Limonene is a monoterpene with a bitter taste, which is found in many different plants and herbs, including cannabis. The terpene, which consists of a colorless liquid, is also known under the names dipentene, carvene or citrene. Limonene is recognizable by the typical citric scent and is formed in the sticky trichomes (resin glands) of plants.
The name limonene is derived from lemon
The name limonene, which this monoterpene carries, originates from the English word lemon. This refers to the heavily fragrant peel of lemons, which, like other citrus fruits, have large concentrations of limonene. Though this terpene is only formed in the oil glands (trichomes) of the shell, limonene also occurs to a lesser extent on flowers, leaves, stems and other parts of the plant.
The molecule of limonene is subdivided into two stereo-isomers. These are the same molecules, but with a different structure. Both molecules have their own distinctive flavour:
D-limonene (orange flavor)
L-limonene (pine and turpentine aroma)
Especially the d-limonene molecule is found in large concentrations in the essential oil of citrus fruit. Well-known examples are lemons, oranges, tangerines and grapefruit. Because limonene can be extracted cheaply from orange peels (waste product of the juice industry), this terpene is hardly obtained through a synthetic way.
How is limonene obtained?
The monoterpene can be obtained from the peel of oranges through two easy methods:
By means of centrifugal separation
By means of steam distillation
The manner, in which the essential oils are obtained, influences the terpenes amount. When oil is obtained by expression, it will be composed of about 90% limonene. But by steam distillation, this level will be much lower. In a solvent extraction percentages are even lower and sometimes it can occur that no terpenes are present whatsoever.
How does the biosynthesis of limonene go?
Like all other terpenes, limonene has evolved from geranyl pyrophosphate (GPP) and is one of the two main components of α-pinene (alpha-pinene). Geranyl pyrophosphate is also known under the name geranyl diphosphate (GDP).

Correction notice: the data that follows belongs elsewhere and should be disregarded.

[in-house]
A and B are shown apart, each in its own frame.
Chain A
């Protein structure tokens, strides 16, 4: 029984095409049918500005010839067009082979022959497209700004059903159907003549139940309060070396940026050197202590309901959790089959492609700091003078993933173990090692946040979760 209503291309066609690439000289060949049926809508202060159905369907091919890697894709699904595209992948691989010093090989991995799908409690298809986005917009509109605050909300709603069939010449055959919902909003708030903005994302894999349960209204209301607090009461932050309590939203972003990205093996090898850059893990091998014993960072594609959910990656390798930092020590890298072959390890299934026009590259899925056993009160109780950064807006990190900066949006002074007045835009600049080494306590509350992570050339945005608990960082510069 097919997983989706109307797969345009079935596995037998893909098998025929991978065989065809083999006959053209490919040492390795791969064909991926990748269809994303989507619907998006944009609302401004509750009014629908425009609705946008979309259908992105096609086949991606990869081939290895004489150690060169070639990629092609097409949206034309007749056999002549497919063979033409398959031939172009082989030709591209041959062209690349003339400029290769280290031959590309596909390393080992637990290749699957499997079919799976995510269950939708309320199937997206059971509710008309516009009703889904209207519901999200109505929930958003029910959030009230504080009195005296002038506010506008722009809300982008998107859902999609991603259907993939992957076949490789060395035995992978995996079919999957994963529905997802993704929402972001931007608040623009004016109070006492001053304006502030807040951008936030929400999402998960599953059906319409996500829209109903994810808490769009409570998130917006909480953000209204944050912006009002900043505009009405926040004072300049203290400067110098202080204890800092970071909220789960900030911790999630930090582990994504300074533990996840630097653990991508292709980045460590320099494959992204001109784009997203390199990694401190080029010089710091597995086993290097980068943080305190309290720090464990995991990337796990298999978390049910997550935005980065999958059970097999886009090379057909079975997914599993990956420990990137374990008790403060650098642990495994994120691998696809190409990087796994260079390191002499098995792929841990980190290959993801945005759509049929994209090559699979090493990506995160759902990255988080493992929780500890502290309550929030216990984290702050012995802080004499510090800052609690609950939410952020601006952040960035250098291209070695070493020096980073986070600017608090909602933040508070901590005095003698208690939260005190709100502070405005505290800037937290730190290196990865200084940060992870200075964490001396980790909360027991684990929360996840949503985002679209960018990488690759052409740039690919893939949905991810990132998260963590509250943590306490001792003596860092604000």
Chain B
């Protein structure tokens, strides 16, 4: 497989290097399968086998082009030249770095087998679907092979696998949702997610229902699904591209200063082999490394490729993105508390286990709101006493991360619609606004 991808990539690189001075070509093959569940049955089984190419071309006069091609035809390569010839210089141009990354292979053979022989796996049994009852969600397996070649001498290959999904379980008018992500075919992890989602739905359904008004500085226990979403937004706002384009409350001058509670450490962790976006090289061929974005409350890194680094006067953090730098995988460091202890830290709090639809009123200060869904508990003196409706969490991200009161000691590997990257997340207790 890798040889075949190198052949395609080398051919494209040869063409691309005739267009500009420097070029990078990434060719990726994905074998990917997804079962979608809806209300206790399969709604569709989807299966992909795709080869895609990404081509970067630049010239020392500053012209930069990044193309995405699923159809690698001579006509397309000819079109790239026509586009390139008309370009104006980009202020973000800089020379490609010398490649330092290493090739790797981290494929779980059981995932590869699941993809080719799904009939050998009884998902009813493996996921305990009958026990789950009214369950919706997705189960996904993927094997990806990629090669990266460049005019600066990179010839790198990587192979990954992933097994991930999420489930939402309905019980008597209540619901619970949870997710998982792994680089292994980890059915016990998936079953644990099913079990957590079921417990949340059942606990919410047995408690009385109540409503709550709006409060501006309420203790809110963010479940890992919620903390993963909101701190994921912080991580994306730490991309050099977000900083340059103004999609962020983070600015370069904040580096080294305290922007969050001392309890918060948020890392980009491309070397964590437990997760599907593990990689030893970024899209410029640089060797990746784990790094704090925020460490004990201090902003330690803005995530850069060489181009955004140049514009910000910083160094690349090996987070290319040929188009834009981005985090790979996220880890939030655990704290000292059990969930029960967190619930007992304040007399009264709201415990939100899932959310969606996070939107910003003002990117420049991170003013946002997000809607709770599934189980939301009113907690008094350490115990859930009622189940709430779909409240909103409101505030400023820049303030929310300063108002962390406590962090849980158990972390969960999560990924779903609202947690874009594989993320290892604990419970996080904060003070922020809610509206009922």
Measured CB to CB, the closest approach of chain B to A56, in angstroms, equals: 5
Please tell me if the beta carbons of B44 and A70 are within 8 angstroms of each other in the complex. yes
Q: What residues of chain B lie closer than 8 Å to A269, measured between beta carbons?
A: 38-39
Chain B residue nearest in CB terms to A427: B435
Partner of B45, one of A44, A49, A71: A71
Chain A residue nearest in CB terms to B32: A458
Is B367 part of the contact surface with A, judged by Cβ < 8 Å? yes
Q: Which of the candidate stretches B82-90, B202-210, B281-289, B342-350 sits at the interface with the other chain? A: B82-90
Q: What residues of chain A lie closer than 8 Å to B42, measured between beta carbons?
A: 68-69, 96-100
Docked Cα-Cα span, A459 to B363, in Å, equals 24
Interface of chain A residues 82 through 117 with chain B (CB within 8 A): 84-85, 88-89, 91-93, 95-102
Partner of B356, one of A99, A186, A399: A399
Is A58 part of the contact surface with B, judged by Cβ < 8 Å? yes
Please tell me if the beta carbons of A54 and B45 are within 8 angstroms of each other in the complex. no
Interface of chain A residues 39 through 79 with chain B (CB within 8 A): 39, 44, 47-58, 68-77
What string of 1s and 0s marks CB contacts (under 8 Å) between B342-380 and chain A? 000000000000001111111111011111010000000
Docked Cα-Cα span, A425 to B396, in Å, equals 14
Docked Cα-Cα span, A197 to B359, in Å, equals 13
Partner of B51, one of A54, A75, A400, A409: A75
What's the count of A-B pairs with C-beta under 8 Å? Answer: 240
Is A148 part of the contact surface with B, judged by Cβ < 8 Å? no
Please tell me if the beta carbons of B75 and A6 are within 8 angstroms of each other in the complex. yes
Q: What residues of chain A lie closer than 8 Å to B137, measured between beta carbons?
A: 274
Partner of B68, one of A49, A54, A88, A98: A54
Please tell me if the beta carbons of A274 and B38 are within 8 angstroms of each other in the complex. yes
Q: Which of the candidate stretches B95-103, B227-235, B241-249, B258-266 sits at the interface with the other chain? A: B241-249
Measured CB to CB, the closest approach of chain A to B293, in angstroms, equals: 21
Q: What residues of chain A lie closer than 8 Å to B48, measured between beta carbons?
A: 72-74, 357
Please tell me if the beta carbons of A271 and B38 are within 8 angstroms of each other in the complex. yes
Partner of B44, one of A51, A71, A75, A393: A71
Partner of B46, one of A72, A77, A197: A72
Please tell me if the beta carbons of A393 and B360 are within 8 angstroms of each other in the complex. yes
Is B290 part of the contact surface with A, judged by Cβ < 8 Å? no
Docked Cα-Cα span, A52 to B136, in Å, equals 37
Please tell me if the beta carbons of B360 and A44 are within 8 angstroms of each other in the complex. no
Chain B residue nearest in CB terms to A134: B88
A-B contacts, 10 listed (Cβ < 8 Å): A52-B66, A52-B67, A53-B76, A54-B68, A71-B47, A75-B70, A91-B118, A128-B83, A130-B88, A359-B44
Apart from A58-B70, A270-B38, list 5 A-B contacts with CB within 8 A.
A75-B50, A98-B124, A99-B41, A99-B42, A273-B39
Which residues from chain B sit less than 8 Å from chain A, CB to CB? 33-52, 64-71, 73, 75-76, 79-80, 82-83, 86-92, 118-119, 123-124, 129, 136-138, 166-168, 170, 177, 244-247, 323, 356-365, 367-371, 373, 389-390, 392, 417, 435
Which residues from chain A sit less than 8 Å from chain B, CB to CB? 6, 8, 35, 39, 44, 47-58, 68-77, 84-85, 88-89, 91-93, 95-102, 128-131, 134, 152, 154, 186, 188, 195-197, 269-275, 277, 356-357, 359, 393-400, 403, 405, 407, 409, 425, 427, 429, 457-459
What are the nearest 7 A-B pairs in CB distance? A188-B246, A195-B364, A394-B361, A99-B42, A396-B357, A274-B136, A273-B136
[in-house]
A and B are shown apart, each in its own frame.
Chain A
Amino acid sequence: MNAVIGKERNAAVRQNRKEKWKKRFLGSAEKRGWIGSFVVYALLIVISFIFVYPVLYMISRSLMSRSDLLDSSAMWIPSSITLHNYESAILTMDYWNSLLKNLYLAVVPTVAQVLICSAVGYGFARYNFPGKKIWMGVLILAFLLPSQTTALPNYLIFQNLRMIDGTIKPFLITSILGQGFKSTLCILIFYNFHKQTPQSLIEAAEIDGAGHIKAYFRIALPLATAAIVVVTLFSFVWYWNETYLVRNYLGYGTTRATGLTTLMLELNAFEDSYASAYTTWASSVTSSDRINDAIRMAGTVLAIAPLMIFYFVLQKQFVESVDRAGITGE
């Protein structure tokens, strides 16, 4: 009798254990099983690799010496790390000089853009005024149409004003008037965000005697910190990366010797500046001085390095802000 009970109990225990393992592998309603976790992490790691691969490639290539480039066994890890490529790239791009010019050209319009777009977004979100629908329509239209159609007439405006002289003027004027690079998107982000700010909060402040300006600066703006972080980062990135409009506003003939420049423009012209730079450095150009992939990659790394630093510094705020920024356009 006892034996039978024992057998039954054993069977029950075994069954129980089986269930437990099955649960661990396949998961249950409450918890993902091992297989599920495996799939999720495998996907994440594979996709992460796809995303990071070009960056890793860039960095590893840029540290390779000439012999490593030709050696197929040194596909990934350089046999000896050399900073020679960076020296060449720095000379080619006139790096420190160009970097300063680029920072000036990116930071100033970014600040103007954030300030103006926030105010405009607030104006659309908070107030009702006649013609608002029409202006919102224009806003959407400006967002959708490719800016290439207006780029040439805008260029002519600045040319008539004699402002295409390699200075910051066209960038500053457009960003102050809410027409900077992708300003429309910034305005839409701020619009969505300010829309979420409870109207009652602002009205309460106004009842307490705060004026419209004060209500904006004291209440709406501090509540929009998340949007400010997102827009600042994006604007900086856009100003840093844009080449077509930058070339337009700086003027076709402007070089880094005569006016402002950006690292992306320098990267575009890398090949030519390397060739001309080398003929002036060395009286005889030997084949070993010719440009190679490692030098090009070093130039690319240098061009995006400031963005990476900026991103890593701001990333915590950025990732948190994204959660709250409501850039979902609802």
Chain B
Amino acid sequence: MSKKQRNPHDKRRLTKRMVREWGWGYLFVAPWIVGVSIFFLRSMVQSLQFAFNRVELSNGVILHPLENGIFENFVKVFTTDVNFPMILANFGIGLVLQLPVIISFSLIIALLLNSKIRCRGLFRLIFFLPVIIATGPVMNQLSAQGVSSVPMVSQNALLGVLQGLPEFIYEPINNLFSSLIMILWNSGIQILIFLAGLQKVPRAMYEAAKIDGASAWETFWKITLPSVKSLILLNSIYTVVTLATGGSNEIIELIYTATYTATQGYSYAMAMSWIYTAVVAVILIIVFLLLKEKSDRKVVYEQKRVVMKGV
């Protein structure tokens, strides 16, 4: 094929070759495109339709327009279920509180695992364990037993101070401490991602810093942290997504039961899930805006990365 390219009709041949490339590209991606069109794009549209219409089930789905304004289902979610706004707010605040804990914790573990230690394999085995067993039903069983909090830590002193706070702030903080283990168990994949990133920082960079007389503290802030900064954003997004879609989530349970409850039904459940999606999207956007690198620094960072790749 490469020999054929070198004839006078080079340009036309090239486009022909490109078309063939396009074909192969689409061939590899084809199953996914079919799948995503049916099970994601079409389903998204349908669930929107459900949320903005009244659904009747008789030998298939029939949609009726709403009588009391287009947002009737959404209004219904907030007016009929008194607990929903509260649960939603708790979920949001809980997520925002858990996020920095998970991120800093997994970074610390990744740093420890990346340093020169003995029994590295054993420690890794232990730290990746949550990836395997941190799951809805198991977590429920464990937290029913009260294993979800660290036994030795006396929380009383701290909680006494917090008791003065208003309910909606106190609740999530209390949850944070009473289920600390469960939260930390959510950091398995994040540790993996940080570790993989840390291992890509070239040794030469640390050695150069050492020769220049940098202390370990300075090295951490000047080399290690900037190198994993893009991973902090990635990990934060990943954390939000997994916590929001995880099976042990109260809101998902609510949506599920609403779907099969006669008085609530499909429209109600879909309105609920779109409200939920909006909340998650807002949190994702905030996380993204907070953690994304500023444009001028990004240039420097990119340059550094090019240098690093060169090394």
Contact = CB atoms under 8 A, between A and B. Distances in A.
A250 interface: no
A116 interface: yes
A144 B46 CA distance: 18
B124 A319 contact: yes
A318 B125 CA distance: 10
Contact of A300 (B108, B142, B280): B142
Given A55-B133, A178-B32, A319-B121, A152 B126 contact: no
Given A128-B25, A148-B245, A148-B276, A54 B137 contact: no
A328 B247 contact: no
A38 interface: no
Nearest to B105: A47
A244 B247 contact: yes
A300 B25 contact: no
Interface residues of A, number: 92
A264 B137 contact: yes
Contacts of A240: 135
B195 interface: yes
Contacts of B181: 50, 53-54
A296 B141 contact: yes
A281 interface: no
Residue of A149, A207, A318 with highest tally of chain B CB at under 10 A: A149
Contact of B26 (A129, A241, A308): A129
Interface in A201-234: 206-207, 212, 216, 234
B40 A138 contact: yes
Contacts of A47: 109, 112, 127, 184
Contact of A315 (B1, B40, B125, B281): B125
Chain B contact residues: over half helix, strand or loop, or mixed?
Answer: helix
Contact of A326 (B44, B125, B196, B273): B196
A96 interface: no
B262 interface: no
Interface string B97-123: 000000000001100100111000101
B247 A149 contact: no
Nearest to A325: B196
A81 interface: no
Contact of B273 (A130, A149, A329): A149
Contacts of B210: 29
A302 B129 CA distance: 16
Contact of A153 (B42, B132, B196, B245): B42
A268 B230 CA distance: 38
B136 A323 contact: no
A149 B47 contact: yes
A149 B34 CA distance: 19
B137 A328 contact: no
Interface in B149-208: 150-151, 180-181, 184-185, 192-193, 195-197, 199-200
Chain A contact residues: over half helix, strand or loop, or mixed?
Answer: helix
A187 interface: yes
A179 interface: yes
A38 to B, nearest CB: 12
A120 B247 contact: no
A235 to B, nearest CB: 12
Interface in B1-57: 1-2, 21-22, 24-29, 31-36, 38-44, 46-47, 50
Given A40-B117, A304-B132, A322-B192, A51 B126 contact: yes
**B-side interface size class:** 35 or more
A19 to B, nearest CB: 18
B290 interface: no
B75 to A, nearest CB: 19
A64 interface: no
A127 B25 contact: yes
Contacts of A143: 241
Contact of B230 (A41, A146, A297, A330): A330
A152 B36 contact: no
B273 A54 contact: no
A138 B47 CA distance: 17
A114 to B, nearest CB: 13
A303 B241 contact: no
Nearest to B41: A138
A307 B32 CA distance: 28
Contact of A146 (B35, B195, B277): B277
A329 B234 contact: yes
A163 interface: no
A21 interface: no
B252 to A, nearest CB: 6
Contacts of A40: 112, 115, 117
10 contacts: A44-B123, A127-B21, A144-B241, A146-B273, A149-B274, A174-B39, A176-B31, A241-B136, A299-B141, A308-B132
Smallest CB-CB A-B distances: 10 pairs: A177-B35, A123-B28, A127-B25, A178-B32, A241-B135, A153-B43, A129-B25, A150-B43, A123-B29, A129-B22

The biosynthesis is as follows:
Isopentenyl diphosphate (isopentenyl pyrophosphate or IPP) and dimethylallyl diphosphate (dimethylallyl pyrophosphate or DMAPP) are combined in order to form geranyl diphosphate. Hereinafter, geranyl diphosphate is cyclised to limonene via a three-step route. The conversion enzyme is known under the name monoterpene synthase.
The beneficial terpene limonene has many medicinal properties that can be a boost to health. For example, limonene is known as sedative and causing sleepiness. It is also an antispasmodic and can suppress stress and anxiety.
Because of the powerful effect of d-limonene, it is medicinally used to increase the gall function. It ensures that fats are digested better and is able to destroy substances accumulated in the gallbladder. The terpene has a beneficial effect on the healthy functioning of the gallbladder and prevents the harmful effects of fat accumulation.
Besides medicinal applications limonene has also many other useful applications. For example, it is used as a raw material for certain products, such as paint remover and as a solvent for fats. It is also used as an alternate means of turpentine and as a botanical insecticide. Because orange oil consists for a large part of limonene it can be used to destroy both ants and the scent of the ants.
Limonene is also widely used as a fragrance in the perfume industry and serves as a fragrant addition in aftershave and bath products. Because of the refreshing lemon-like odor and because of the property that it is capable to break down fats and oils, the monoterpene is also added to cleaning products and hand cleaners. After a long-term exposure of pure limonene on the skin, skin irritations may occur.
Another well-known and useful property of limonene is that it is able to decrease the psychoactivity of THC in weed. This can be useful for people who need high concentrations of THC in supporting certain diseases. Through the combination of limonene the feeling of being stoned, is toned.
Chemical data D-Limonene
The chemical formula of the terpene limonene is: C10H16
The molecular mass is: 136.1252 g / mol
The systematic name is: (4R) -1-methyl-4-prop-1-en-2-yl-cyclohexene
Boiling point: 176 ° C (349 ° F)
Vapor pressure: 1.50 mm Hg (25 ° C)
Melting point: -95 ° C
Flashpoint: 48 ° C
Density: 0.8411 g / cm³
Limonene dissolves poorly in water but blends well in alcohol
Limonene is sensitive to light, air, heat, alkalis and acids
Auto-oxidised to carvone and carveol
Oxidation with sulfur, forms p-cymene
In which plants and herbs does limonene occur?
The terpene limonene occurs in a large number of plants and herbs, including hemp and marijuana plants. In addition it is found in citrus fruits, rosemary, red pepper, chamomile, ginger and turmeric. It also occurs in St. John's wort, valerian, hops, anise and fennel. Limonene can also be found in bay leaves, mint, basil, lavender, parsley and sage.